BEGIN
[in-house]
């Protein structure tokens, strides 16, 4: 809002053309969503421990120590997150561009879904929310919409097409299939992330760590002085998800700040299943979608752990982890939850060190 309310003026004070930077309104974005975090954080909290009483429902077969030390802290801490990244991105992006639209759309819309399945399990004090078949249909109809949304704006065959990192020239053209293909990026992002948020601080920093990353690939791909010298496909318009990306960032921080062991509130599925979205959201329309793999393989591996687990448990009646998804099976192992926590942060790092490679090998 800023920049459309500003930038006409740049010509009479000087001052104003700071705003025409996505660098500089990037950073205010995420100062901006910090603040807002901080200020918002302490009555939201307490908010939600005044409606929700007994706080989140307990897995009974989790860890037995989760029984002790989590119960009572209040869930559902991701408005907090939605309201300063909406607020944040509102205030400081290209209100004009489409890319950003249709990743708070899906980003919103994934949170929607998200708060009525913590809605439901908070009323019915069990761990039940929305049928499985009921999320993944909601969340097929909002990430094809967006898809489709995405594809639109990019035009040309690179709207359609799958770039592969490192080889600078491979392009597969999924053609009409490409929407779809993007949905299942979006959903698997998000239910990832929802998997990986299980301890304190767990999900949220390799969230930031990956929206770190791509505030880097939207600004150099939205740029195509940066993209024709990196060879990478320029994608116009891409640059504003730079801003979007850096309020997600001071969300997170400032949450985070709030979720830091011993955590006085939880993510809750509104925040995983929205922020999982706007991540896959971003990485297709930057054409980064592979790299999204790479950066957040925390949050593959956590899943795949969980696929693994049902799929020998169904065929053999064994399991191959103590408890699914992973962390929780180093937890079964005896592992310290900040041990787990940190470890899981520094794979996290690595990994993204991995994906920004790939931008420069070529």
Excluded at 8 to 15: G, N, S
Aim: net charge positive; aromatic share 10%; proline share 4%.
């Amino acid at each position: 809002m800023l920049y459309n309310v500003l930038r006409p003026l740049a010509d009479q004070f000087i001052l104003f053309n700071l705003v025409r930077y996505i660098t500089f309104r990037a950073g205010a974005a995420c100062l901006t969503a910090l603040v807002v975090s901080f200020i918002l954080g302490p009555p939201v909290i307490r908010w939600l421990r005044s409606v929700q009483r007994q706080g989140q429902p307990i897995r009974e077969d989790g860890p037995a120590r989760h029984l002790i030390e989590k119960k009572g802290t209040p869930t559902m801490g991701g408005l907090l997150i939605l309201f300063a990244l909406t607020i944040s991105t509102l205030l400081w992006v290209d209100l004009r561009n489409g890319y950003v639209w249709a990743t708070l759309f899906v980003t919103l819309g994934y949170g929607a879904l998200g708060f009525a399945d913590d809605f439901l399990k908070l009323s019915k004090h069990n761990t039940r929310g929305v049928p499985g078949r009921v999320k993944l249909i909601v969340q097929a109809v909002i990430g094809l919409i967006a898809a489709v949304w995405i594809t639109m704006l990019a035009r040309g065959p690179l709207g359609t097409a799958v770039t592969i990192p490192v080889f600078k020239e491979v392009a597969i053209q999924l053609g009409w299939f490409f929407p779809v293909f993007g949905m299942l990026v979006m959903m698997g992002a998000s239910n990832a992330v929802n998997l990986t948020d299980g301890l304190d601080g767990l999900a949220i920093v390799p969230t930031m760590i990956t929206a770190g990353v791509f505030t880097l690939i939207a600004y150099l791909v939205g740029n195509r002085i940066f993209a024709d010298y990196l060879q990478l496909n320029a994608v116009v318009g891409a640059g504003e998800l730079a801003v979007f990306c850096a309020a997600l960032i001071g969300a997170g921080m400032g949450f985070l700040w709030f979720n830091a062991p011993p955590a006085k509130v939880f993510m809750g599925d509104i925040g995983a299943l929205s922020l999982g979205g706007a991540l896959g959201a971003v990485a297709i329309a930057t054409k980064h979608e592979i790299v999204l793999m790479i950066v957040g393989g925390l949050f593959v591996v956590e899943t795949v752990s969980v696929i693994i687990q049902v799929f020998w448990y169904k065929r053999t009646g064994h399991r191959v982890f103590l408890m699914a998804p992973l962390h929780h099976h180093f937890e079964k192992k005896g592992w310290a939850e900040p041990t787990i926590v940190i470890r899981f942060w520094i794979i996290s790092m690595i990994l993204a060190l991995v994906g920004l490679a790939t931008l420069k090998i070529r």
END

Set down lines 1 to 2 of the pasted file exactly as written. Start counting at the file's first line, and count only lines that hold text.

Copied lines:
[in-house]
């Protein structure tokens, strides 16, 4: 809002053309969503421990120590997150561009879904929310919409097409299939992330760590002085998800700040299943979608752990982890939850060190 309310003026004070930077309104974005975090954080909290009483429902077969030390802290801490990244991105992006639209759309819309399945399990004090078949249909109809949304704006065959990192020239053209293909990026992002948020601080920093990353690939791909010298496909318009990306960032921080062991509130599925979205959201329309793999393989591996687990448990009646998804099976192992926590942060790092490679090998 800023920049459309500003930038006409740049010509009479000087001052104003700071705003025409996505660098500089990037950073205010995420100062901006910090603040807002901080200020918002302490009555939201307490908010939600005044409606929700007994706080989140307990897995009974989790860890037995989760029984002790989590119960009572209040869930559902991701408005907090939605309201300063909406607020944040509102205030400081290209209100004009489409890319950003249709990743708070899906980003919103994934949170929607998200708060009525913590809605439901908070009323019915069990761990039940929305049928499985009921999320993944909601969340097929909002990430094809967006898809489709995405594809639109990019035009040309690179709207359609799958770039592969490192080889600078491979392009597969999924053609009409490409929407779809993007949905299942979006959903698997998000239910990832929802998997990986299980301890304190767990999900949220390799969230930031990956929206770190791509505030880097939207600004150099939205740029195509940066993209024709990196060879990478320029994608116009891409640059504003730079801003979007850096309020997600001071969300997170400032949450985070709030979720830091011993955590006085939880993510809750509104925040995983929205922020999982706007991540896959971003990485297709930057054409980064592979790299999204790479950066957040925390949050593959956590899943795949969980696929693994049902799929020998169904065929053999064994399991191959103590408890699914992973962390929780180093937890079964005896592992310290900040041990787990940190470890899981520094794979996290690595990994993204991995994906920004790939931008420069070529």